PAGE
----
Below is my Top 11 list (which is even better than a Top 10 list) on why ECP brakes are better than conventional air brakes:

1. ECP brakes maintain a train’s brake pipe pressure 100 percent of the time, conventional brakes do not. The colder the weather, the thinner the air, the more crucial maintaining brake pressure is.

2. ECP brakes allow for a”graduated release.” That means the engineer can partially release the train’s brakes without having to fully release them. This is vitally important because once a train’s brakes are released it takes time to recharge the train’s brake pipe pressure in order for the brakes to work again. The graduated release feature allows an engineer to maintain the speed of his/her train down steep grades with a partial application of the brakes, without fully releasing and reapplying the train’s brakes repeatedly. The graduated release feature all but eliminates the possibility of a runaway train.

3. When the engineer makes an emergency application of the brakes, every car with ECP brakes applies 100 percent of the time. This is not always true with conventional brakes.

4. ECP brakes would have prevented the terrible Lac-Megantic oil train tragedy that killed 47 people and destroyed the town, a factor cited in Transport Canada’s report on the accident. These brakes would have prevented the accident, because when air pressure on a car equipped with ECP brakes drops below 50 psi, the car automatically goes into emergency mode. So even an improperly secured train will not roll away.

5. ECP brakes allow the crew to monitor every car in the train in real time to determine if the brakes are applied or released. Conventional brakes do not.

6. ECP brakes record retrievable data associated with brake failures. There is no such review for conventional brakes. Trains are inspected every 1,000-1,800 miles and if the brakes are working during the inspection they continue on. If a car has brakes that fail to apply during that inspection, the car is taken to a repair facility. Often that facility is a heated shop where the car warms up, the brakes are tested and if they work at that point, the car is not repaired, rather, the car is placed back in the train.

7. ECP brakes all but eliminate in-train forces because all the cars apply and release at once. Conventional brakes cause lots of in-train forces, some of which damage merchandise and even cause derailments.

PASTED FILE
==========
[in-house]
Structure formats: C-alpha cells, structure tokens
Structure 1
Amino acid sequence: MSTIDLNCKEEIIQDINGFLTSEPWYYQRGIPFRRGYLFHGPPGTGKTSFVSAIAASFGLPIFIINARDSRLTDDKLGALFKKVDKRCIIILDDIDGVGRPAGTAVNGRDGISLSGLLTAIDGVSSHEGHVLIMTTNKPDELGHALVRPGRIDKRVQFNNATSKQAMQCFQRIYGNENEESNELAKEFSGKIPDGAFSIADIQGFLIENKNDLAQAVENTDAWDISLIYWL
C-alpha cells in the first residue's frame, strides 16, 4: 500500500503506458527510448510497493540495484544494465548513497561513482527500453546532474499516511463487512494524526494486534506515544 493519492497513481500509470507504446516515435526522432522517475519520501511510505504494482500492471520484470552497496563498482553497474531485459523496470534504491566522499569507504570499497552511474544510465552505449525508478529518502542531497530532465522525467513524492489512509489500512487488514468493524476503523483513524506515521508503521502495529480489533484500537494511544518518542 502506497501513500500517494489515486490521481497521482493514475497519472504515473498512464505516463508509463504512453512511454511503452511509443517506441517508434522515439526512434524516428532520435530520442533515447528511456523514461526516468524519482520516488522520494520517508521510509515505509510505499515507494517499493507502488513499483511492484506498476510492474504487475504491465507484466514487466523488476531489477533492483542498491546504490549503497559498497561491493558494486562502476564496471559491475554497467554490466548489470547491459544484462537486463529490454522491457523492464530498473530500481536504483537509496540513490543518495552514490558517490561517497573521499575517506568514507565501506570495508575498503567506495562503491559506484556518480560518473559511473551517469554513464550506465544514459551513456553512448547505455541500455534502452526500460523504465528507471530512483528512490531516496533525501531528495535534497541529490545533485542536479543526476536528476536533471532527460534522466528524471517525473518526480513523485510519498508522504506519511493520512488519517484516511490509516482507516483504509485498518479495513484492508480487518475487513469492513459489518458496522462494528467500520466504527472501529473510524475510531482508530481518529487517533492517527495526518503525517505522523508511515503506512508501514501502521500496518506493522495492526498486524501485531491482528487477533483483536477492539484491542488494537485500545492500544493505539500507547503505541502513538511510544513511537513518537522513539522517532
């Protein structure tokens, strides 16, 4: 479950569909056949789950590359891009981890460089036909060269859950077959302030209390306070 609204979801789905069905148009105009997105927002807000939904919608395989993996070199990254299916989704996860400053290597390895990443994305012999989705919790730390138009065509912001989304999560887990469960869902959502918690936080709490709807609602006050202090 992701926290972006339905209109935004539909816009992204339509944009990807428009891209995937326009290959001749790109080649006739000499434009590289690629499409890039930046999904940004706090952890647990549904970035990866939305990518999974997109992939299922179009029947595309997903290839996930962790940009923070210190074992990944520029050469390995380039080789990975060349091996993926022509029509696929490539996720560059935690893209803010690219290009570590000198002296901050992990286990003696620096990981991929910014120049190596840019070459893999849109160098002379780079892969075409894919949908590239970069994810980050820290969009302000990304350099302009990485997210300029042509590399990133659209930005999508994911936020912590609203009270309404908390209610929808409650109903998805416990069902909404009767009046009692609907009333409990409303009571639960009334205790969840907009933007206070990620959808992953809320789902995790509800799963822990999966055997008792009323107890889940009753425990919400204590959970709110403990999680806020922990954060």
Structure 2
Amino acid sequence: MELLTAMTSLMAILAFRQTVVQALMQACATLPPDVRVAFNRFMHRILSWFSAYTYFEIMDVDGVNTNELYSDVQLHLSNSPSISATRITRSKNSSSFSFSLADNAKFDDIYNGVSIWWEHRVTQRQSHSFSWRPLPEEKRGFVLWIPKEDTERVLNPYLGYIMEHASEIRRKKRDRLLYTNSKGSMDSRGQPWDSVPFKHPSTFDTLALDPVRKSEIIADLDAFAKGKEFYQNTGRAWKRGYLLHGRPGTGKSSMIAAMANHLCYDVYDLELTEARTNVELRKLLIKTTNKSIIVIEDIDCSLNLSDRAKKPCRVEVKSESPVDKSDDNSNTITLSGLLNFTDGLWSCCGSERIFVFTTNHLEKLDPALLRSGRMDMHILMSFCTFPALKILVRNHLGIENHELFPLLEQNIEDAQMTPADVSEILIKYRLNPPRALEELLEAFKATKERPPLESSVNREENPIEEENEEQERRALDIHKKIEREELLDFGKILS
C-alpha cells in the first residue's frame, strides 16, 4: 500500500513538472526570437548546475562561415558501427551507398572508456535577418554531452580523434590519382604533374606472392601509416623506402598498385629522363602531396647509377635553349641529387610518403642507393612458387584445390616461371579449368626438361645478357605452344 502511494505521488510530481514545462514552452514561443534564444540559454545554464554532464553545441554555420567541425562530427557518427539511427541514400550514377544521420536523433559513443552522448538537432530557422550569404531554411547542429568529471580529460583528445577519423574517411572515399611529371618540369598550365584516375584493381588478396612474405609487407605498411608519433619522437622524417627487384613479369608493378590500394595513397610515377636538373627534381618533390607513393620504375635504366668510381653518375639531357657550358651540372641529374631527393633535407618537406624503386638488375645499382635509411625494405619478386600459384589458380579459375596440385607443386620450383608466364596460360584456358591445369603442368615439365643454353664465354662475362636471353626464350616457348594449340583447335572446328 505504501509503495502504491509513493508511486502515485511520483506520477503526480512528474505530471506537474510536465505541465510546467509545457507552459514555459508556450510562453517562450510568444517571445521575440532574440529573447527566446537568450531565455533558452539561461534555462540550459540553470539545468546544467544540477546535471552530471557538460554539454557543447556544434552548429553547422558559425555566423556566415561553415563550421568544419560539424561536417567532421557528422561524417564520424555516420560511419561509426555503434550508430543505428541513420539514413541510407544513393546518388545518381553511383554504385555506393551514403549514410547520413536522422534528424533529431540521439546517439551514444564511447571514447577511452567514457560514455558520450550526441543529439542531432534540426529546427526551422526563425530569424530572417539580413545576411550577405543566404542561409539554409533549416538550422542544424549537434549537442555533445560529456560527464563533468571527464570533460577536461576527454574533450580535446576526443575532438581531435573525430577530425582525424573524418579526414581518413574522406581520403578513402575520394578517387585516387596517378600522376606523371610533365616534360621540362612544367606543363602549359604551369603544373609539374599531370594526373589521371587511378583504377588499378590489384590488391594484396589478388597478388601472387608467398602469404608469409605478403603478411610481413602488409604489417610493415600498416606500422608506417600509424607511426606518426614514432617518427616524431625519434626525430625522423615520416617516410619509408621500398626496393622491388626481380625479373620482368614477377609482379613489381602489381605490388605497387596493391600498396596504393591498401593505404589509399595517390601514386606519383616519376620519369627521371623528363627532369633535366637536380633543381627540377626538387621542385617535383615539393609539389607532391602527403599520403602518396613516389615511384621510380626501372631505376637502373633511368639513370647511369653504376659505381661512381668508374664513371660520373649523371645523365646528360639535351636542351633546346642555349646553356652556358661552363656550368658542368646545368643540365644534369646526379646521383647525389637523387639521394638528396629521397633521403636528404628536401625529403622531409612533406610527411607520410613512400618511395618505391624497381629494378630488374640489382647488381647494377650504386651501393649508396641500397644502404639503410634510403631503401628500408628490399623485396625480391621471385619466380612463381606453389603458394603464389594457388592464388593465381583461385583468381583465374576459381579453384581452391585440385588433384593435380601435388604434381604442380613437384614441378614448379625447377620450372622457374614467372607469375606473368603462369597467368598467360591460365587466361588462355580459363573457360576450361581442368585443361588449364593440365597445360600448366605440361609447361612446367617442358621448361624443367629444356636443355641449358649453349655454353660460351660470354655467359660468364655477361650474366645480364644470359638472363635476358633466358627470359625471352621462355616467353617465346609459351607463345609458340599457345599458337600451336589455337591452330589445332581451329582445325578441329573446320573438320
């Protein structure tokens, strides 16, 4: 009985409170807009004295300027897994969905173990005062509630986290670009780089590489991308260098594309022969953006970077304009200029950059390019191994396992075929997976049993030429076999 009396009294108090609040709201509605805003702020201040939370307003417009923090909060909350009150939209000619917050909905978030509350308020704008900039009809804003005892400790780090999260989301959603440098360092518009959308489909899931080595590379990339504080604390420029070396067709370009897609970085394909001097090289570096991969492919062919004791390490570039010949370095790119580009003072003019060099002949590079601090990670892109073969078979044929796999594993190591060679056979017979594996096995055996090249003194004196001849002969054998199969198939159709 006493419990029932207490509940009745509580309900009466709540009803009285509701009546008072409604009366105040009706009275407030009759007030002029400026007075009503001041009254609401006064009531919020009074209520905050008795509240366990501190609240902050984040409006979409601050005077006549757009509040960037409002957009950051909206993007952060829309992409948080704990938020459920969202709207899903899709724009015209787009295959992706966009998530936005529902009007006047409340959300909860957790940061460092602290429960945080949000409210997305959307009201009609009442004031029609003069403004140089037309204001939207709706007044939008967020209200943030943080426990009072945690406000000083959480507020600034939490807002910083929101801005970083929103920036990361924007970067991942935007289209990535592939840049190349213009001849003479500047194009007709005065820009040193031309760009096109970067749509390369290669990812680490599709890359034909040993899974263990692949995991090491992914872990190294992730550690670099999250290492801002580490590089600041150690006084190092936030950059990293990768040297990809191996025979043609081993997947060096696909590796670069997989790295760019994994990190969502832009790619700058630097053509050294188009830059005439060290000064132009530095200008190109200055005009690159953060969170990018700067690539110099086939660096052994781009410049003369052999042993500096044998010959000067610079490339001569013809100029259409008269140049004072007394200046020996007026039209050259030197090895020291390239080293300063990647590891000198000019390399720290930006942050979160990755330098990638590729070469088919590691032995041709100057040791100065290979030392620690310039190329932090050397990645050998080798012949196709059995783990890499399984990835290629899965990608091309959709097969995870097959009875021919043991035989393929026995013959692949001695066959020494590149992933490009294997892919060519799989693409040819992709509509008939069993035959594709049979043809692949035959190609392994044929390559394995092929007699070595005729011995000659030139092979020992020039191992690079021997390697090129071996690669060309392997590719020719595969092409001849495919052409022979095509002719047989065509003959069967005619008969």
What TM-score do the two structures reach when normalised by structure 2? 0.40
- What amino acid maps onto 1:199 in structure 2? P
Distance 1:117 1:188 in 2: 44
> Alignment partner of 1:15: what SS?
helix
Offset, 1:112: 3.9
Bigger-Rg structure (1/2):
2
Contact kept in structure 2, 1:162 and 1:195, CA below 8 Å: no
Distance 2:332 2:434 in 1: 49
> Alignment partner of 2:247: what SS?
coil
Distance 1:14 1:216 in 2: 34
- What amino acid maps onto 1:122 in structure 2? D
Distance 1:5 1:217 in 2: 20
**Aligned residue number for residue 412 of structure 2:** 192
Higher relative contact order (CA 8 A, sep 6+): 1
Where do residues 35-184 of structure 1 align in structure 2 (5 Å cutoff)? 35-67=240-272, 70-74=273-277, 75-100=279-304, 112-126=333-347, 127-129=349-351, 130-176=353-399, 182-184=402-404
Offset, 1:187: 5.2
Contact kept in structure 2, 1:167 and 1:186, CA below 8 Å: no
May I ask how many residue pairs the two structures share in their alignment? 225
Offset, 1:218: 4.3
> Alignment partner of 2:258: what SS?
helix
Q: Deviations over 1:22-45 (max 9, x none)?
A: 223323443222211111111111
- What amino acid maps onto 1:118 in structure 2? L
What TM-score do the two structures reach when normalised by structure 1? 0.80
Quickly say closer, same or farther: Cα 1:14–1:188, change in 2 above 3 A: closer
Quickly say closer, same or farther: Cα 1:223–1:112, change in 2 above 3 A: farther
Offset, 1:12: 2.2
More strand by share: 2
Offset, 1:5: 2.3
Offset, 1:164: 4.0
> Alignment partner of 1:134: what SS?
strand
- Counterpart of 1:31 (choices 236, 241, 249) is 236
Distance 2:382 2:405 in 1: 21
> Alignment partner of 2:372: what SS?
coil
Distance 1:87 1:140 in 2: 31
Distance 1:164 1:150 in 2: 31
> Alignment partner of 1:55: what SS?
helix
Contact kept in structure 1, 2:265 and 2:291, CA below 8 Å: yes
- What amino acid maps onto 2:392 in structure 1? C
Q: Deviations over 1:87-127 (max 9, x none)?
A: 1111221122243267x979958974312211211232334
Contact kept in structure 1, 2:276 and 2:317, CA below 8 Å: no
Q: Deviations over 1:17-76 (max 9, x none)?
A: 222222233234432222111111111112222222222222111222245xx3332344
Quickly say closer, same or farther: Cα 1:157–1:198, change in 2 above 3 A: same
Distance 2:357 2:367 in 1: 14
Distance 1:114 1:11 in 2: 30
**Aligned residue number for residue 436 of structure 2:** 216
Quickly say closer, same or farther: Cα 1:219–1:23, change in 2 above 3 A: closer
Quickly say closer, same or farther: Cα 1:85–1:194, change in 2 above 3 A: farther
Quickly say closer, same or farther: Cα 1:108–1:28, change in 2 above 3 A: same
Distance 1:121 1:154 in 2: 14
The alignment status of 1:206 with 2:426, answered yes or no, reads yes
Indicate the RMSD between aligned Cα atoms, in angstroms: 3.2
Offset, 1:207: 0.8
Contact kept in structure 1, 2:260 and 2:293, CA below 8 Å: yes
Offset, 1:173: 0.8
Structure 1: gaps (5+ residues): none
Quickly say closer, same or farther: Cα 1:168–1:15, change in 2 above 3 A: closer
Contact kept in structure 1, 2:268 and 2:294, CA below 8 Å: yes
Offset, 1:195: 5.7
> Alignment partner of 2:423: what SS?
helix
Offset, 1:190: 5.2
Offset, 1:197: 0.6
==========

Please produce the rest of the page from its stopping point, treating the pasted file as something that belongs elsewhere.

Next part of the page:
8. ECP brakes cause all cars to brake evenly, which dramatically reduces damage to wheels and brake shoes, saving a great deal of money in maintenance and repair. Conventional brakes do not. The modest cost of installing ECP brakes, about $3,000 per car on a new DOT 117 tank car that costs $144,000 to build, and about $60,000 per locomotive, will be more than paid for in the savings in car repairs, let alone reduced train derailments.

9. ECP brakes can be modified to apply hand brakes to a railcar automatically from the locomotive, allowing the crew to apply a hand brake on every car in the train in seconds. Conventional brakes must be applied by hand and it can take an hour or more to properly secure a train.

10. ECP brakes are required by the AAR for the movement of nuclear waste trains because they are the safest braking system available.

11. ECP brakes can be modified and will evolve to do everything that sophisticated wayside train detectors do now, and will do it constantly in real time, eventually eliminating the need for wayside detectors.

So, for the safety of rail workers, passengers and the residents in the cities and towns that trains run through, it is vital ECP brakes be phased-in in the freight rail industry.

SMART TD’s Risch – DC Roundtable on Emerging Railroad Technologies

SMART TD’s John Risch, fourth from left.

WASHINGTON – John Risch, SMART TD National Legislative Director, participated in hearings as a member of the Roundtable on Emerging Railroad Technologies on March 21, 2017. Discussion focused on new and emerging trends in railroad safety including train crew size, recent advancements in train brake technology, and early warning systems.

“Thank you Chairman Schuster, Subcommittee Chair Denham, and Ranking Member Capuano for inviting me to the roundtable discussion on emerging railroad technologies. With nearly 40 years in the railroad industry, I was pleased to have the opportunity to discuss the importance of maintaining minimum crew sizes, implementing Positive Train Control (PTC), and most importantly investing in the installation of Electronic Controlled Pneumatic (ECP) brakes, which are vital to safety of our railroads,” said John Risch, SMART-TD National Legislative Director.

“I look forward to working with the members of the committee to improve railroad safety as we discuss opportunities to strengthen our nation’s infrastructure,” Risch continued.

Click here to read Risch’s complete notes from the hearing.

Click here for information on participants and to view video.